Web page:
The typical way in which most of us apply sunscreen leaves our skin less than half of the expected protection from harmful ultraviolet rays, scientists said.
Recent research has shown that in a typical sunscreen application, only 40 sunscreens are available% of the protection they might expect due to the sun protection factor (SPF). Most skin cancers are caused by DNA damage from UV radiation in sunlight.
The study found that protecting the skin from the harmful UV-induced DNA damage that underlies cancers was only significant when sunscreens were applied at a thickness between 1.3 and 2.0 milligrams per Square centimeter, while most people only apply a coat of 0.75.
Scientists suggest that we could increase our protection by wearing a higher SPF to compensate for the tendency to apply sunscreen too thin. "Given that most people do not use sunscreen as tested by manufacturers, it's better for people to use a much higher sun protection factor than they think necessary," said study leader Antony Young, a professor of experimental photobiology at King & # 39; ; s College London.
Quoted SPF ratings are based on the assumption that sunscreen in a thickness of 2 milligrams per square centimeter will be used according to the manufacturer's recommendations, but the average sunscreen user typically uses much less according to previous studies.
"People are typically much less protective than they think," said Young. "For example, if you were to receive SPF20 and use it at a lower thickness of 0.75 milligrams per square centimeter, your protection level could be as low as that of SPF4."
To Investigate What Protective Sunscreen Looks Like When It Is Applied The closer people's everyday lives are, the higher the DNA damage in the skin of 16 subjects who wore different sunscreen layers on UV exposure.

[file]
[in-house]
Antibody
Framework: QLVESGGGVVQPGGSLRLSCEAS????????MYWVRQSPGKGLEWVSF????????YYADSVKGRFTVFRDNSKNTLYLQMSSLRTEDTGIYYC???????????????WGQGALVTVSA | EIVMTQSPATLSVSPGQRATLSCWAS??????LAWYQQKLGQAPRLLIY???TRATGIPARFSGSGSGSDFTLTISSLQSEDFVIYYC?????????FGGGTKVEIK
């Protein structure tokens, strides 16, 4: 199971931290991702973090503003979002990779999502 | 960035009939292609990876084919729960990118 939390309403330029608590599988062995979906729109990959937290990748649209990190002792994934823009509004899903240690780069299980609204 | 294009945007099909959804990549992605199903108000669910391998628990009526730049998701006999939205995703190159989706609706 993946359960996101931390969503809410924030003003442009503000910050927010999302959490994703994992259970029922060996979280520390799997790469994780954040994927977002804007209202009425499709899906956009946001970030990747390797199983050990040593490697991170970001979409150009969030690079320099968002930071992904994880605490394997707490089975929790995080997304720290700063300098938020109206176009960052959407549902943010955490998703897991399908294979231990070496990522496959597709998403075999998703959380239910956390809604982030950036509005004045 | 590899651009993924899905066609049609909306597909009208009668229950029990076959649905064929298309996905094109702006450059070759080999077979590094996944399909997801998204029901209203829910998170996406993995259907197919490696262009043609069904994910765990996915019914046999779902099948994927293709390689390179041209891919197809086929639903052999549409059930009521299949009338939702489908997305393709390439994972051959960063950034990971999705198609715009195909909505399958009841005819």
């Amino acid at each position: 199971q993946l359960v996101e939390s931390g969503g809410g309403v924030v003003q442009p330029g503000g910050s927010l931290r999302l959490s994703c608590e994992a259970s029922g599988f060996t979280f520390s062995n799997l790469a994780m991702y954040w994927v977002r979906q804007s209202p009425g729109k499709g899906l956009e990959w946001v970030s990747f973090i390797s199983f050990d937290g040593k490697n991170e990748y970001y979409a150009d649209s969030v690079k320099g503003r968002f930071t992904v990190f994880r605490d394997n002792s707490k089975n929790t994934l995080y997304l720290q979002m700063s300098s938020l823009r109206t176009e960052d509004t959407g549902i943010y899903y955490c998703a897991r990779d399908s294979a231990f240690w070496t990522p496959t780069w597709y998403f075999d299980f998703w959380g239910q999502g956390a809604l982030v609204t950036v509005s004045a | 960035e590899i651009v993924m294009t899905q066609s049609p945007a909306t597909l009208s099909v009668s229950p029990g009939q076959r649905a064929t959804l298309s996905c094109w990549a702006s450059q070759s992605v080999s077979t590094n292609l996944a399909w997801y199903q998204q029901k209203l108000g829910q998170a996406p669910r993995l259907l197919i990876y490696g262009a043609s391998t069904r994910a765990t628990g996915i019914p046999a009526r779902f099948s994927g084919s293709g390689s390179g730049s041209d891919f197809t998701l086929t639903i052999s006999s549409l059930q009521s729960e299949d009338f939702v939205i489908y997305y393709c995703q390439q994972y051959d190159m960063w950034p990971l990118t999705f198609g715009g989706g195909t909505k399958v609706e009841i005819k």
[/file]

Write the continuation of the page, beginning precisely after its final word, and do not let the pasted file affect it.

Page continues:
The study participants were divided into two groups of eight: one group received only a single dose of UV radiation to mimic the sun, and the second group received multiple doses over five days to mimic a continuous vacation exposure.
Volunteers received their UV radiation doses within 15 minutes Their sunscreen was applied and skin biopsies were taken immediately after UV irradiation. The sunscreen tested in the study, published in the journal Acta Dermato-Venereologica, complied with EU regulations.
The scientists also varied the UV radiation during the experiment to replicate the conditions in classic holiday destinations such as Tenerife. Skin biopsies showed that those in the "holiday group" who wore sunscreen in the higher thickness recommended by the manufacturer had the greatest protection against damage even after exposure to UV rays for several days
"There is no doubt that sunscreens provides important protection against the carcinogenic effects of the Sun's ultraviolet radiation, "said Young. "Research shows, however, that the way sunscreen is applied plays an important role in its effectiveness."
Nina Goad of the British Association of Dermatologists said: "This research shows why it is so important to select a SPF of 30 or more. Theoretically, a SPF of 15 should be sufficient, but we know that we are in real situations Need the extra protection that a higher sun protection factor provides.
"An additional consideration is that we apply sunscreen prone to missing skin areas, as well as being applied too thinly.
She added that people should not only rely on sunscreen as a sunscreen, but also on clothing and shade.